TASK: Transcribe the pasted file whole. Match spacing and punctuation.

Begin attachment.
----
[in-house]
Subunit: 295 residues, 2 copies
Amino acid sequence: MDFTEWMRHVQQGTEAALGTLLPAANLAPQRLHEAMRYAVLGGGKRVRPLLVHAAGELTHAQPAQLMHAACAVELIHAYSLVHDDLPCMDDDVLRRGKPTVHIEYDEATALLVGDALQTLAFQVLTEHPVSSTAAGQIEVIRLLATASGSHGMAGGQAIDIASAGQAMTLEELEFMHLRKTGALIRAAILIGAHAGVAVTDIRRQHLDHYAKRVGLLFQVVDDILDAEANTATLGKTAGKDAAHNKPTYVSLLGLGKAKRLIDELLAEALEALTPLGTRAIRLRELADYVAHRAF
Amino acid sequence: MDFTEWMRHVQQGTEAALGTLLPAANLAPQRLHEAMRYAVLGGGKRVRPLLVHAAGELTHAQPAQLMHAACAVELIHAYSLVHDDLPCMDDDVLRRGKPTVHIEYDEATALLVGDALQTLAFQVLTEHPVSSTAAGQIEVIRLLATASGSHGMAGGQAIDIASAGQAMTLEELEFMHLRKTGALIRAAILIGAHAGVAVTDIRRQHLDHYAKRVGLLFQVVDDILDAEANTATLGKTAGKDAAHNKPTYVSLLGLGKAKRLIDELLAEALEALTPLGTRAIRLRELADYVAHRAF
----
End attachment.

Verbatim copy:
[in-house]
Subunit: 295 residues, 2 copies
Amino acid sequence: MDFTEWMRHVQQGTEAALGTLLPAANLAPQRLHEAMRYAVLGGGKRVRPLLVHAAGELTHAQPAQLMHAACAVELIHAYSLVHDDLPCMDDDVLRRGKPTVHIEYDEATALLVGDALQTLAFQVLTEHPVSSTAAGQIEVIRLLATASGSHGMAGGQAIDIASAGQAMTLEELEFMHLRKTGALIRAAILIGAHAGVAVTDIRRQHLDHYAKRVGLLFQVVDDILDAEANTATLGKTAGKDAAHNKPTYVSLLGLGKAKRLIDELLAEALEALTPLGTRAIRLRELADYVAHRAF
Amino acid sequence: MDFTEWMRHVQQGTEAALGTLLPAANLAPQRLHEAMRYAVLGGGKRVRPLLVHAAGELTHAQPAQLMHAACAVELIHAYSLVHDDLPCMDDDVLRRGKPTVHIEYDEATALLVGDALQTLAFQVLTEHPVSSTAAGQIEVIRLLATASGSHGMAGGQAIDIASAGQAMTLEELEFMHLRKTGALIRAAILIGAHAGVAVTDIRRQHLDHYAKRVGLLFQVVDDILDAEANTATLGKTAGKDAAHNKPTYVSLLGLGKAKRLIDELLAEALEALTPLGTRAIRLRELADYVAHRAF